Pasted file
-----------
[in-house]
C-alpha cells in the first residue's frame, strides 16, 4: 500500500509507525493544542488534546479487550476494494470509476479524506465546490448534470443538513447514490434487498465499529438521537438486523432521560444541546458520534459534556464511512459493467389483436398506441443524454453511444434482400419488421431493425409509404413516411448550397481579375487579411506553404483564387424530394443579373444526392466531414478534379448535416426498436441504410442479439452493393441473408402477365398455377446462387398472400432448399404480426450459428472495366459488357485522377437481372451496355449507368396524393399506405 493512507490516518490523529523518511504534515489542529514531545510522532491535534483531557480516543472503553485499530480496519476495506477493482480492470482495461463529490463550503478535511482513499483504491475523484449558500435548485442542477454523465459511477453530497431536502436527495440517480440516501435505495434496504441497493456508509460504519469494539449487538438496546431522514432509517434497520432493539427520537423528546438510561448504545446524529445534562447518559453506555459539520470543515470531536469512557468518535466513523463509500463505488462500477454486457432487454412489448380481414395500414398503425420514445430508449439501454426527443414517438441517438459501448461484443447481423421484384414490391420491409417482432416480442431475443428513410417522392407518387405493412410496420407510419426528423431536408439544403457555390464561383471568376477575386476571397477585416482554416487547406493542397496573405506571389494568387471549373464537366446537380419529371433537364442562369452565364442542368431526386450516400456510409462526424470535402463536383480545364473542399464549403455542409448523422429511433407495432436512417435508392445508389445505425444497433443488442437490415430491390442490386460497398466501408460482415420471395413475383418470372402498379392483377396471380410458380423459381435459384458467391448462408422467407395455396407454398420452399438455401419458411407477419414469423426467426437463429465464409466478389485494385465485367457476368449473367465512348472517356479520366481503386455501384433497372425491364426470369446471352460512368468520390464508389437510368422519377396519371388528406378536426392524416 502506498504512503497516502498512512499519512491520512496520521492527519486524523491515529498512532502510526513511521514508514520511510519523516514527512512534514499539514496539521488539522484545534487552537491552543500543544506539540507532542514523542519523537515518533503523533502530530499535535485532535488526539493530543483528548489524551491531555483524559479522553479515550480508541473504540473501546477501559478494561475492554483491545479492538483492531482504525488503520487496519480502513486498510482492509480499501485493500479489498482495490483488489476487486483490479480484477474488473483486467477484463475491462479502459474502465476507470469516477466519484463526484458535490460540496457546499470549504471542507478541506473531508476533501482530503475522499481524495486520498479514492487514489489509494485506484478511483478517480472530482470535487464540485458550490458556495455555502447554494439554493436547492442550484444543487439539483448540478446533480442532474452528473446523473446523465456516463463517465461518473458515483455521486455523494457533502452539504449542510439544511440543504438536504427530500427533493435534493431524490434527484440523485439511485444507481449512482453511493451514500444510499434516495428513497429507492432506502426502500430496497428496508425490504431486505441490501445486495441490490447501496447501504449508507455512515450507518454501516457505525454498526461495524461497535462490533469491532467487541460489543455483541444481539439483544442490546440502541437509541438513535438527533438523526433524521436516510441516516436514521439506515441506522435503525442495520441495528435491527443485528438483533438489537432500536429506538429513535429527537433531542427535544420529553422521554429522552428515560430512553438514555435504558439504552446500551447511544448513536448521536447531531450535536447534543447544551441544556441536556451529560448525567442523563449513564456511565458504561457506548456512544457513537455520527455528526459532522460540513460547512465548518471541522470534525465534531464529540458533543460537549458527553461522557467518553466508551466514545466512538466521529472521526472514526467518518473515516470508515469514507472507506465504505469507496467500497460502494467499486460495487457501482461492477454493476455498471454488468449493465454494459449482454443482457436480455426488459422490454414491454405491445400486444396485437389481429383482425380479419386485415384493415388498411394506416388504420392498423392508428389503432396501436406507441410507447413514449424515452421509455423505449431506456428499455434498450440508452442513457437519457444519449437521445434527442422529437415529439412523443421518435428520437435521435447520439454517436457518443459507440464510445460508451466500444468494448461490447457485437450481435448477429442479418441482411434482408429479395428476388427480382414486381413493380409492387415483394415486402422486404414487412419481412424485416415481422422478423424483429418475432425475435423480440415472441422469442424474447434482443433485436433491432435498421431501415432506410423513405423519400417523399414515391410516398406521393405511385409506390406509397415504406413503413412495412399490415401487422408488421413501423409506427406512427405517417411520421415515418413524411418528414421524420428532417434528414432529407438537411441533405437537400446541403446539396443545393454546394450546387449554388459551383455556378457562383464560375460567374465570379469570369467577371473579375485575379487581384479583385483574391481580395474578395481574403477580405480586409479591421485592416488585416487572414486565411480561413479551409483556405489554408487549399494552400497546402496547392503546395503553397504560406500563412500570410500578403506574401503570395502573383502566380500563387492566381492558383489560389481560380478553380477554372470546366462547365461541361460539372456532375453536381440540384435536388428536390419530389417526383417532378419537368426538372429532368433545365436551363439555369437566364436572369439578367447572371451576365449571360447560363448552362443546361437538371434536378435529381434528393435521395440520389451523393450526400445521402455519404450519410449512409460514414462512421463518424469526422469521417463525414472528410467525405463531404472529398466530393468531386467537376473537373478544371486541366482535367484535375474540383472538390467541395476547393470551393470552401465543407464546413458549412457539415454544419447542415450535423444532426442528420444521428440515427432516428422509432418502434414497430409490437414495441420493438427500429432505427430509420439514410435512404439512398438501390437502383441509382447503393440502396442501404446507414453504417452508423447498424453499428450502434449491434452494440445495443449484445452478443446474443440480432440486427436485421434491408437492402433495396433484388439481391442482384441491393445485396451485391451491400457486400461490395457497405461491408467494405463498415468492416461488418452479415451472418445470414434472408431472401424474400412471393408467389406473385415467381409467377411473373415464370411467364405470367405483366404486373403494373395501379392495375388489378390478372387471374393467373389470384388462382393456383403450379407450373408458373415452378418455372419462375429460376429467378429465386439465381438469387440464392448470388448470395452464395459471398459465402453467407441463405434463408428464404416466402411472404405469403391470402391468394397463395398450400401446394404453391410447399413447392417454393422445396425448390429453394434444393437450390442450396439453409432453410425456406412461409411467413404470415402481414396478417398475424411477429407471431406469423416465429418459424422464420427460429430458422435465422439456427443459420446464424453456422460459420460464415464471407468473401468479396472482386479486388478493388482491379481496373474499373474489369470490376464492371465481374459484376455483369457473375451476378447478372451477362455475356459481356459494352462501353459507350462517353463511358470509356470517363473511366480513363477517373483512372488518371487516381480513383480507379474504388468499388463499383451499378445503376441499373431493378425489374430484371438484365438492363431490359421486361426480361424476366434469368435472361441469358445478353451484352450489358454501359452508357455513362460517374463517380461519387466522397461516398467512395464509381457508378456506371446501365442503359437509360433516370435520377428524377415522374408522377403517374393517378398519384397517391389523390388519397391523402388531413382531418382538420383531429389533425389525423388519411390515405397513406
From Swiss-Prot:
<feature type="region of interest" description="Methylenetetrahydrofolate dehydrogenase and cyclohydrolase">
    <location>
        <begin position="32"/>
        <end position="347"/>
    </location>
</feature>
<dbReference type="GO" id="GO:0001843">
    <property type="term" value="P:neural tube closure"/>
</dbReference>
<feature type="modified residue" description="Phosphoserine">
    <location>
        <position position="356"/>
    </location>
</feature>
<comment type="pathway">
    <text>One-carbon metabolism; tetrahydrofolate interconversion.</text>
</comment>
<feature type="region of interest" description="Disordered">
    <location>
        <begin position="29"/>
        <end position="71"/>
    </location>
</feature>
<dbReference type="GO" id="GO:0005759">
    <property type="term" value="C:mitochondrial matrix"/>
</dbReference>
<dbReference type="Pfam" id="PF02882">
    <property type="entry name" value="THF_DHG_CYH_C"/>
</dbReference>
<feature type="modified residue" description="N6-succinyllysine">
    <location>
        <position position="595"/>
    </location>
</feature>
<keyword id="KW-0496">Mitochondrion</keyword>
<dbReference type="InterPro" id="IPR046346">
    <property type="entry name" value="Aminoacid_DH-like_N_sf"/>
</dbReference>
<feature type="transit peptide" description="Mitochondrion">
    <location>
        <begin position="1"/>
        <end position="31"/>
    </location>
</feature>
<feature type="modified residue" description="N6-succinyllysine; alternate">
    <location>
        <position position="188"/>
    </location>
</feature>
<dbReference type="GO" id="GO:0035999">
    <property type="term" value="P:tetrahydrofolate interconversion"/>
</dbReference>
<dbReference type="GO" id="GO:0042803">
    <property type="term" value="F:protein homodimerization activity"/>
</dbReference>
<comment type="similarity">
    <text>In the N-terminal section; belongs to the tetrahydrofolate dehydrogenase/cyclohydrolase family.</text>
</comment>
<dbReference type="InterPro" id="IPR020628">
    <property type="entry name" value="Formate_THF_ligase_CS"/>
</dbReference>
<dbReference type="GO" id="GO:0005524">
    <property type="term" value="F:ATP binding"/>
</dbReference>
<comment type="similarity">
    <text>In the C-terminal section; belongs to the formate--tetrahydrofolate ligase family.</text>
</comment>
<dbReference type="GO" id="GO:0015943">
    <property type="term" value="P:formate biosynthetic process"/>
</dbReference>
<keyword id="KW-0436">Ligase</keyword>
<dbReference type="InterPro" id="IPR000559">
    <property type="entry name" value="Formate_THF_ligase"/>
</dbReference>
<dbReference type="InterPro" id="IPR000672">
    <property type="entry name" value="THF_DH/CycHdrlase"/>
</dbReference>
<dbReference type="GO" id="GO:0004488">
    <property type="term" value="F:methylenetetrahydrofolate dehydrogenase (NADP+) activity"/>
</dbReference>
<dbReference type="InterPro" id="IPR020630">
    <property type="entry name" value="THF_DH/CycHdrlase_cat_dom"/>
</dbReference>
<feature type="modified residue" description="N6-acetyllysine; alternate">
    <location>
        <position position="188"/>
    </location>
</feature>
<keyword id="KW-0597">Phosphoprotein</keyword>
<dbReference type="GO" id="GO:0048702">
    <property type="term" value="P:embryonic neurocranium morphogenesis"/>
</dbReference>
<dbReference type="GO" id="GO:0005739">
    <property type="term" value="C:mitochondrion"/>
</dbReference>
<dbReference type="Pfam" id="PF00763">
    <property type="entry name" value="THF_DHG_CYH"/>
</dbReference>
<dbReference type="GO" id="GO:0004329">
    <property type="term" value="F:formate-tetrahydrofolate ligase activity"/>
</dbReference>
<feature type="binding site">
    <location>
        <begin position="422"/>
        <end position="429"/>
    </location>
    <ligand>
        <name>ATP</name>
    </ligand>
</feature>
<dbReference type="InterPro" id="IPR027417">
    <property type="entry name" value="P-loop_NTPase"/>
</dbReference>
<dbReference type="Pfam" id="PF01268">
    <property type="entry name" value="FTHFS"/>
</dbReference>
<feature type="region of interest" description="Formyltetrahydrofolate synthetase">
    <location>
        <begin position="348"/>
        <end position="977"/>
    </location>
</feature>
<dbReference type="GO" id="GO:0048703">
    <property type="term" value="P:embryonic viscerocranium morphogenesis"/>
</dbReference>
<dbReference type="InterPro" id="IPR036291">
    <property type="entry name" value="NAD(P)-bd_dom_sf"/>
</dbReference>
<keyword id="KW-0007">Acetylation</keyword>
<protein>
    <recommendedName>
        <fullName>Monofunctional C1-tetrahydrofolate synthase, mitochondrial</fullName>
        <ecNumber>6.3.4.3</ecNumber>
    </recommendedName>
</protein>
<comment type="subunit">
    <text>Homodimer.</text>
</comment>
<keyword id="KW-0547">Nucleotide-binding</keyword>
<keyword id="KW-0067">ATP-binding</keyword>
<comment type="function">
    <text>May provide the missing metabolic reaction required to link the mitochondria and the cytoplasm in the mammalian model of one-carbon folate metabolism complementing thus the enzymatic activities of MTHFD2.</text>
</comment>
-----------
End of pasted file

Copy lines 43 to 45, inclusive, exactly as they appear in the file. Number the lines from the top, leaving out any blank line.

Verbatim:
    <location>
        <begin position="1"/>
        <end position="31"/>